The result of zy and ny is that y is zeroed and then bitwise negated, so it will be 1111 1111 1111 1111 (or -1 in decimal). You seem to be under the impression that it will be 1 (boolean not). Let's examine x = 4, zx = 0, nx = 1, zy = 1, ny = 1, f = 1, no = 1
Many thanks! Yes, I indeed managed to confuse myself by thinking that flipping 0 got you 1, probably because I was thinking of the 0 as a single bit and not the full n bits.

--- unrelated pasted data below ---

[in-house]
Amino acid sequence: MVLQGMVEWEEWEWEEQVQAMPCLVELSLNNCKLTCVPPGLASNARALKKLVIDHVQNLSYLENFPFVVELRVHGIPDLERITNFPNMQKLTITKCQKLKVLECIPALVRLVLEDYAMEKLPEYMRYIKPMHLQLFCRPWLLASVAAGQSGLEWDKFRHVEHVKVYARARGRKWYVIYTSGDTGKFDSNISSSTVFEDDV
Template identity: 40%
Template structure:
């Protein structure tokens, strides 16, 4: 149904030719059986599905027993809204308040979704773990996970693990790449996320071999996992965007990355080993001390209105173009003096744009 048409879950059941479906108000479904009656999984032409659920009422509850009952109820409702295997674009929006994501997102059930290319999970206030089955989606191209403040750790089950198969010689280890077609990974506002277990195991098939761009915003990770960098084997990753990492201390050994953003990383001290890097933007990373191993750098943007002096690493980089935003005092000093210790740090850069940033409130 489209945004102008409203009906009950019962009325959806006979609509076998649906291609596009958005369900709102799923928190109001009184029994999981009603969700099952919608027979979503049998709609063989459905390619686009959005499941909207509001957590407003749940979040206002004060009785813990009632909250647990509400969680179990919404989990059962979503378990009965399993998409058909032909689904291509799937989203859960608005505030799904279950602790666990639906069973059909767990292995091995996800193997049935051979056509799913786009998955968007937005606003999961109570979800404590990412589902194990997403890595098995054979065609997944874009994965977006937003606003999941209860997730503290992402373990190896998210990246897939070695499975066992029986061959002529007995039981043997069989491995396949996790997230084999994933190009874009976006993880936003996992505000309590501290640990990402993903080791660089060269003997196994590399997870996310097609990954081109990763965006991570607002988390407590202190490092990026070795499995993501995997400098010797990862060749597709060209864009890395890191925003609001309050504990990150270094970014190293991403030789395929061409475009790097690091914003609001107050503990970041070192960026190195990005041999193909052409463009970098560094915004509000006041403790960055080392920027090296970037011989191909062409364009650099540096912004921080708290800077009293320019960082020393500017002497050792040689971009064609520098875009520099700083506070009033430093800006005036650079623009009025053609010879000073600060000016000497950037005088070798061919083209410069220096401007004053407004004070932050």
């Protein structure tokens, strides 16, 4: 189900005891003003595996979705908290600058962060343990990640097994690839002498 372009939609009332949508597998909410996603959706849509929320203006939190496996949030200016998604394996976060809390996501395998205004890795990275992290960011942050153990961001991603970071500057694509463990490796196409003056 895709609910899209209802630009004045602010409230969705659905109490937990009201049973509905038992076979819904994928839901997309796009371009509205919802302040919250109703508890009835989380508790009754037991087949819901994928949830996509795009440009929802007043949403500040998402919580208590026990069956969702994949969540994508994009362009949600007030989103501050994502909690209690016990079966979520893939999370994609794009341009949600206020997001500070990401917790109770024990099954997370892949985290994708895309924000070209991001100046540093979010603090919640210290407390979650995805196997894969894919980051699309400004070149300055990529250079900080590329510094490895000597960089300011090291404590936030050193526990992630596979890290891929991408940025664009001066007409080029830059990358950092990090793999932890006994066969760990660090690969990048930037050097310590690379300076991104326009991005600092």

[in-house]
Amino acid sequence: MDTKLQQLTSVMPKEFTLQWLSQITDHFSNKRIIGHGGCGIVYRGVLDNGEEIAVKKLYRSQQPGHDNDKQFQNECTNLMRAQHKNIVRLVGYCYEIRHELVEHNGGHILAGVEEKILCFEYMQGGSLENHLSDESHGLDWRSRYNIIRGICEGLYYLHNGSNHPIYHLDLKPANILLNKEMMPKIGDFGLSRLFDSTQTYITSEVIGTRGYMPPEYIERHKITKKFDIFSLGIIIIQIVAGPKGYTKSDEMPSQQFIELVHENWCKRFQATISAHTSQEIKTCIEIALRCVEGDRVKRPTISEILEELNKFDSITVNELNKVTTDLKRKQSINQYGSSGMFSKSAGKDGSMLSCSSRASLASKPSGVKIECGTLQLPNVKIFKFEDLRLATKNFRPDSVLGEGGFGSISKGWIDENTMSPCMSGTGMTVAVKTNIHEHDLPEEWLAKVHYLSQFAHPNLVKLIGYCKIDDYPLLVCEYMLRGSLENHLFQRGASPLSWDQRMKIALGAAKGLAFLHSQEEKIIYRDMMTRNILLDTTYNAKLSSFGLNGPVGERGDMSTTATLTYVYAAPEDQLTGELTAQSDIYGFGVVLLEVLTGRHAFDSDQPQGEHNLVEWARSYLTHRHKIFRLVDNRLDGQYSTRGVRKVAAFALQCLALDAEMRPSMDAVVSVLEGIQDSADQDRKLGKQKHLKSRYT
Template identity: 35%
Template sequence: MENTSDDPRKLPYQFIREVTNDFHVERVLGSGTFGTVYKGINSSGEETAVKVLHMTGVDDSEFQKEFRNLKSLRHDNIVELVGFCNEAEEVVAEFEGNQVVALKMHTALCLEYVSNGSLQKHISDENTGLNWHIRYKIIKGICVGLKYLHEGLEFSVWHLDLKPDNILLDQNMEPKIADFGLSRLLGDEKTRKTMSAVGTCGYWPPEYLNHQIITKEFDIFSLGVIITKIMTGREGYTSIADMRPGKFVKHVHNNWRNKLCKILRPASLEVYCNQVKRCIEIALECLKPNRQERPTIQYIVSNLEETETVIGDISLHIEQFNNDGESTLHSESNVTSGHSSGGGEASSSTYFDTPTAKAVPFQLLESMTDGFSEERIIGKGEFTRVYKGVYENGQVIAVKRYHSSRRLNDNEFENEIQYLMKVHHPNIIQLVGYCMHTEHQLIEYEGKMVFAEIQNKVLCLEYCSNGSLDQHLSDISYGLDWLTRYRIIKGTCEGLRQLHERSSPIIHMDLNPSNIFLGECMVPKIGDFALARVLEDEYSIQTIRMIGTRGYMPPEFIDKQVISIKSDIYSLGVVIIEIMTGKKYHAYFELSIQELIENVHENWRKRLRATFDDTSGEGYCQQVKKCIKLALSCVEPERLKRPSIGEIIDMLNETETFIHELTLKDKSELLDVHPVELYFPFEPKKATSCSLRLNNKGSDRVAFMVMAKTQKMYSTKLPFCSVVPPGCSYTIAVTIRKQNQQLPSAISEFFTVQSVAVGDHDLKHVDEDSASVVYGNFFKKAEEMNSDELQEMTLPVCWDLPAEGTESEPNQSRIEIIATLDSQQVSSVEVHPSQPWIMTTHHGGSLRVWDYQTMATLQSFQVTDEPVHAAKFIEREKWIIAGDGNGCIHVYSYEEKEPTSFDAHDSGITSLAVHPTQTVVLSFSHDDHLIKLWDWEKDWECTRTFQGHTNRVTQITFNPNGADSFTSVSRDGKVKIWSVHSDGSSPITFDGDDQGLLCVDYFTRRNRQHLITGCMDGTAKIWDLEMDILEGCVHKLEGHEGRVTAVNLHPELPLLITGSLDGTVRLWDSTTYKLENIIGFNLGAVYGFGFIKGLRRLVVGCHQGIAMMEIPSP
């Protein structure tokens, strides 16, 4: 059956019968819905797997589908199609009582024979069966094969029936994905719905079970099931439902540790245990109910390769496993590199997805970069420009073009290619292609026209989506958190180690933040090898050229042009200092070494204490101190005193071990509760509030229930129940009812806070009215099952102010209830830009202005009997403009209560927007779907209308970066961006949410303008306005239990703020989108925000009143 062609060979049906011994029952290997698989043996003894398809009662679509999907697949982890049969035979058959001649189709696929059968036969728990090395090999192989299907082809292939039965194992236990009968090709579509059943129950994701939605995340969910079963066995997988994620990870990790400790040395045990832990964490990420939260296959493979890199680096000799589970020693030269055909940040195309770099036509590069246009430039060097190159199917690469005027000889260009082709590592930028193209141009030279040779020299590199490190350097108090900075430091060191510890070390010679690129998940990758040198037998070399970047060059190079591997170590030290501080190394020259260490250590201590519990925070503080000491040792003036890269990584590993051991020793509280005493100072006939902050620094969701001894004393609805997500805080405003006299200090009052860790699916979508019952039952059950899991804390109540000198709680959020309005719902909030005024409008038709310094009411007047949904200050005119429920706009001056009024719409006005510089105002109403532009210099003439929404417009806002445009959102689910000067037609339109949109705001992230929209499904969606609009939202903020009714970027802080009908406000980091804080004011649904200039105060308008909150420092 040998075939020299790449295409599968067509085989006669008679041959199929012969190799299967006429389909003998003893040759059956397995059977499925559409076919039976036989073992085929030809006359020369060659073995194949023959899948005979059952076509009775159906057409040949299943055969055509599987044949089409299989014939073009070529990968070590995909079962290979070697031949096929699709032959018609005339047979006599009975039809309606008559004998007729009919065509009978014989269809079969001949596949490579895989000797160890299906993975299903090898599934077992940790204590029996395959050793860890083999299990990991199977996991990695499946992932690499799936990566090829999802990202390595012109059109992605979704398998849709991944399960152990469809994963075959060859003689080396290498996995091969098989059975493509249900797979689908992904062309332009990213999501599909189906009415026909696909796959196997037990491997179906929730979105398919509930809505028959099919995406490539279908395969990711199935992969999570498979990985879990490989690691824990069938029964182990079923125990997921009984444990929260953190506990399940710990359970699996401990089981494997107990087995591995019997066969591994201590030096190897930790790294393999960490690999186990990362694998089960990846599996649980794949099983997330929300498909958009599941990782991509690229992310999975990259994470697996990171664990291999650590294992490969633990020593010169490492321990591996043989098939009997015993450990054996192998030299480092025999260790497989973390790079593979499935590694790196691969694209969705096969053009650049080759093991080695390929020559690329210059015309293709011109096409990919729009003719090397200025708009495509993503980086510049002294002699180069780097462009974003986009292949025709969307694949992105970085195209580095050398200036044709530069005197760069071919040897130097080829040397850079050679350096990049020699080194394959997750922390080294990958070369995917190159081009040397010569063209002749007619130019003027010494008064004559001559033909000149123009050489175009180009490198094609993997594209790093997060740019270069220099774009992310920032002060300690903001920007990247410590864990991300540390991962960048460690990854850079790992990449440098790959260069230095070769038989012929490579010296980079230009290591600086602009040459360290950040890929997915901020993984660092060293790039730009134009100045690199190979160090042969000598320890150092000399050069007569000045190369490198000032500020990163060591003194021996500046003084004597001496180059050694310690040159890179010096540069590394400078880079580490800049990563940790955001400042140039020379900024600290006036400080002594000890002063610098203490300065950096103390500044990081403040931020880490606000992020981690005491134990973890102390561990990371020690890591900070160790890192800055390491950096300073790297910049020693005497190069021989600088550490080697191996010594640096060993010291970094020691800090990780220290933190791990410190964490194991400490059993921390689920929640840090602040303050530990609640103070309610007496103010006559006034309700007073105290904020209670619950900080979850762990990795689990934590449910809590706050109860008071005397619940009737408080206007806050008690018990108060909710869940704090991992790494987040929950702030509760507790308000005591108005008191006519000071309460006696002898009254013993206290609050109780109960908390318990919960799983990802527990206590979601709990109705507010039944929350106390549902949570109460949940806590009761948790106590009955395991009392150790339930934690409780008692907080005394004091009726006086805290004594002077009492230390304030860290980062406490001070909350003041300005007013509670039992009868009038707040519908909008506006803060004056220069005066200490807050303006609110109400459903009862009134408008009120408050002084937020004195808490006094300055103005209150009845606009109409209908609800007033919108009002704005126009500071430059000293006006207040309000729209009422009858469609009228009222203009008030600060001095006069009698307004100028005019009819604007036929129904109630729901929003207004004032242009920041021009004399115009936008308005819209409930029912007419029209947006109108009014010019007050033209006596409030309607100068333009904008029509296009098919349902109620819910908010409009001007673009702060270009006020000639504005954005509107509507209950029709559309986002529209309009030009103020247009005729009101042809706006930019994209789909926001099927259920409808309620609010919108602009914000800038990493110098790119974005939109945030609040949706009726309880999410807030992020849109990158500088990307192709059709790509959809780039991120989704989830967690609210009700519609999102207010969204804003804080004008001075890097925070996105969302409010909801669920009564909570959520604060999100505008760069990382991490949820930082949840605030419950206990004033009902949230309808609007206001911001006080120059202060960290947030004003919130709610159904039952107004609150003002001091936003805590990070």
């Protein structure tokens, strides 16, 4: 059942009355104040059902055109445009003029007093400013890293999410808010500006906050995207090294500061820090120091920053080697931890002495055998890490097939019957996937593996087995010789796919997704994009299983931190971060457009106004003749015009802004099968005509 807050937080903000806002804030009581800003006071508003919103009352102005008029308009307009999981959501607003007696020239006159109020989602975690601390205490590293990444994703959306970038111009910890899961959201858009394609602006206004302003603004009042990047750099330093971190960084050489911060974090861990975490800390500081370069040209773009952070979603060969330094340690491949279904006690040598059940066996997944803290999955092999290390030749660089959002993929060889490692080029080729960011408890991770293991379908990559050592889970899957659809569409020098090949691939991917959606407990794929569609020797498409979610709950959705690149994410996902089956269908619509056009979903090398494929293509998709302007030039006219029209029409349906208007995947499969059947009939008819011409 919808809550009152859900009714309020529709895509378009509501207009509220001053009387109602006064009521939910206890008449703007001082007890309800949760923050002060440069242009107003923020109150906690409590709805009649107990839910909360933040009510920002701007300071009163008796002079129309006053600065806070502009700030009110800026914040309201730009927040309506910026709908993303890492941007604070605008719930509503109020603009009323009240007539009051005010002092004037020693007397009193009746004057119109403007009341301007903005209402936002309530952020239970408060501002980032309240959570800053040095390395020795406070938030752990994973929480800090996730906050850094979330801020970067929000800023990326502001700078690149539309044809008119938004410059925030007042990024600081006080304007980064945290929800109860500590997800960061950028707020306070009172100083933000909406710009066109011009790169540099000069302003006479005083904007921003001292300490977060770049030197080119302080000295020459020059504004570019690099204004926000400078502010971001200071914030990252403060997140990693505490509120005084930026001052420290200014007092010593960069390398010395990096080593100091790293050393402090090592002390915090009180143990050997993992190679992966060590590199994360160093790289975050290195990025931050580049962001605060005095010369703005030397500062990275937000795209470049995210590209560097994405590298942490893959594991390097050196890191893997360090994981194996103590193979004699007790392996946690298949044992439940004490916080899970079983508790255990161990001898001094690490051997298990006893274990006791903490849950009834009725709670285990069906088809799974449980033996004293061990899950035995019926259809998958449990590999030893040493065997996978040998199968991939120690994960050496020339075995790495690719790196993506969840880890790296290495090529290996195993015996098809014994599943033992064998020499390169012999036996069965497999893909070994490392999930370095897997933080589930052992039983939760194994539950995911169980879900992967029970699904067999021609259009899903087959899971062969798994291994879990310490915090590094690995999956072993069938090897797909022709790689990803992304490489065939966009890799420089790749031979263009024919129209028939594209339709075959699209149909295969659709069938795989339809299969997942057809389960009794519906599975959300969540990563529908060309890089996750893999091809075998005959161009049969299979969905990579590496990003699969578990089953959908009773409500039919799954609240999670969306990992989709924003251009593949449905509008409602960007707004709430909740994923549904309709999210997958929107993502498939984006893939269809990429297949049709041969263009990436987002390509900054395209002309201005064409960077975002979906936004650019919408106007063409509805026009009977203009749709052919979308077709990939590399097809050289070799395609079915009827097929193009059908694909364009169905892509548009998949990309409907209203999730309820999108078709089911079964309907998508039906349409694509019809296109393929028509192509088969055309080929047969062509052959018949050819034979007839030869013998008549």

As an aside, it's really interesting for me from the standpoint of how my (broken) brain works, because I was really was thinking in terms of bit-flipping (ie. trying to puzzle through the algebra on paper, I was writing things like f(x) = 2^n - x - 1). Hard to get what I'm trying to express. It's not a case of consistently thinking a wrong thing such that correcting that wrong view fixes the problem. It's more like a sort “flaky wiring” where you can think the right thing in one half of a sentence and then somehow switch to thinking the exact opposite in the other half!